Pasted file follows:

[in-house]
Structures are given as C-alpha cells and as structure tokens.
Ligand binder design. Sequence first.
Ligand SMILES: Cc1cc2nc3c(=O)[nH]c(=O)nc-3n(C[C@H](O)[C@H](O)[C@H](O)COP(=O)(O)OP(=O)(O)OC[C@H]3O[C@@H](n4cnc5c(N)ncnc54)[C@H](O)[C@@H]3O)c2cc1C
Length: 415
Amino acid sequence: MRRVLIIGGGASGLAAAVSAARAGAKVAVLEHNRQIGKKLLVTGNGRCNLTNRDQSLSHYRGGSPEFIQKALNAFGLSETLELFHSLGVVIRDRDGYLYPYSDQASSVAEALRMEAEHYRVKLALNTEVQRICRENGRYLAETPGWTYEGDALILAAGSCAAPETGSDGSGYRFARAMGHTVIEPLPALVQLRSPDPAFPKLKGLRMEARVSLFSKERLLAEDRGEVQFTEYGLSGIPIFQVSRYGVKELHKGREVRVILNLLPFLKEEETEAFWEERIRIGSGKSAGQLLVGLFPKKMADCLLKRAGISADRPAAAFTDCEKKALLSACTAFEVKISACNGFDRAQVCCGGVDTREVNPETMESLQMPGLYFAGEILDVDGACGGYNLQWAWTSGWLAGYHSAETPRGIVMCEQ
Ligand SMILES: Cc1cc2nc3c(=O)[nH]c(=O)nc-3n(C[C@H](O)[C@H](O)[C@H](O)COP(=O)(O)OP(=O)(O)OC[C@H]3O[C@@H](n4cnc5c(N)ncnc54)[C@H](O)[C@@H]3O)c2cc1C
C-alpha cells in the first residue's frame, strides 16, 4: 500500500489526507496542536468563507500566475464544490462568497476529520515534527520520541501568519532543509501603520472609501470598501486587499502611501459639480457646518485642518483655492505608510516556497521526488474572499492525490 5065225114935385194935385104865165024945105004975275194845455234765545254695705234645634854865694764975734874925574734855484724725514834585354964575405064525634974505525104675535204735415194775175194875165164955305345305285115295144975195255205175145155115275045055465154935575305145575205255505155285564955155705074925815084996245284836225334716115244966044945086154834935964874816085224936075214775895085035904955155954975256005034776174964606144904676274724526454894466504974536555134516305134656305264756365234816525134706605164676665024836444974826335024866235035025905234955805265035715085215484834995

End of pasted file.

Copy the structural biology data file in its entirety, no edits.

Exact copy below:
[in-house]
Structures are given as C-alpha cells and as structure tokens.
Ligand binder design. Sequence first.
Ligand SMILES: Cc1cc2nc3c(=O)[nH]c(=O)nc-3n(C[C@H](O)[C@H](O)[C@H](O)COP(=O)(O)OP(=O)(O)OC[C@H]3O[C@@H](n4cnc5c(N)ncnc54)[C@H](O)[C@@H]3O)c2cc1C
Length: 415
Amino acid sequence: MRRVLIIGGGASGLAAAVSAARAGAKVAVLEHNRQIGKKLLVTGNGRCNLTNRDQSLSHYRGGSPEFIQKALNAFGLSETLELFHSLGVVIRDRDGYLYPYSDQASSVAEALRMEAEHYRVKLALNTEVQRICRENGRYLAETPGWTYEGDALILAAGSCAAPETGSDGSGYRFARAMGHTVIEPLPALVQLRSPDPAFPKLKGLRMEARVSLFSKERLLAEDRGEVQFTEYGLSGIPIFQVSRYGVKELHKGREVRVILNLLPFLKEEETEAFWEERIRIGSGKSAGQLLVGLFPKKMADCLLKRAGISADRPAAAFTDCEKKALLSACTAFEVKISACNGFDRAQVCCGGVDTREVNPETMESLQMPGLYFAGEILDVDGACGGYNLQWAWTSGWLAGYHSAETPRGIVMCEQ
Ligand SMILES: Cc1cc2nc3c(=O)[nH]c(=O)nc-3n(C[C@H](O)[C@H](O)[C@H](O)COP(=O)(O)OP(=O)(O)OC[C@H]3O[C@@H](n4cnc5c(N)ncnc54)[C@H](O)[C@@H]3O)c2cc1C
C-alpha cells in the first residue's frame, strides 16, 4: 500500500489526507496542536468563507500566475464544490462568497476529520515534527520520541501568519532543509501603520472609501470598501486587499502611501459639480457646518485642518483655492505608510516556497521526488474572499492525490 5065225114935385194935385104865165024945105004975275194845455234765545254695705234645634854865694764975734874925574734855484724725514834585354964575405064525634974505525104675535204735415194775175194875165164955305345305285115295144975195255205175145155115275045055465154935575305145575205255505155285564955155705074925815084996245284836225334716115244966044945086154834935964874816085224936075214775895085035904955155954975256005034776174964606144904676274724526454894466504974536555134516305134656305264756365234816525134706605164676665024836444974826335024866235035025905234955805265035715085215484834995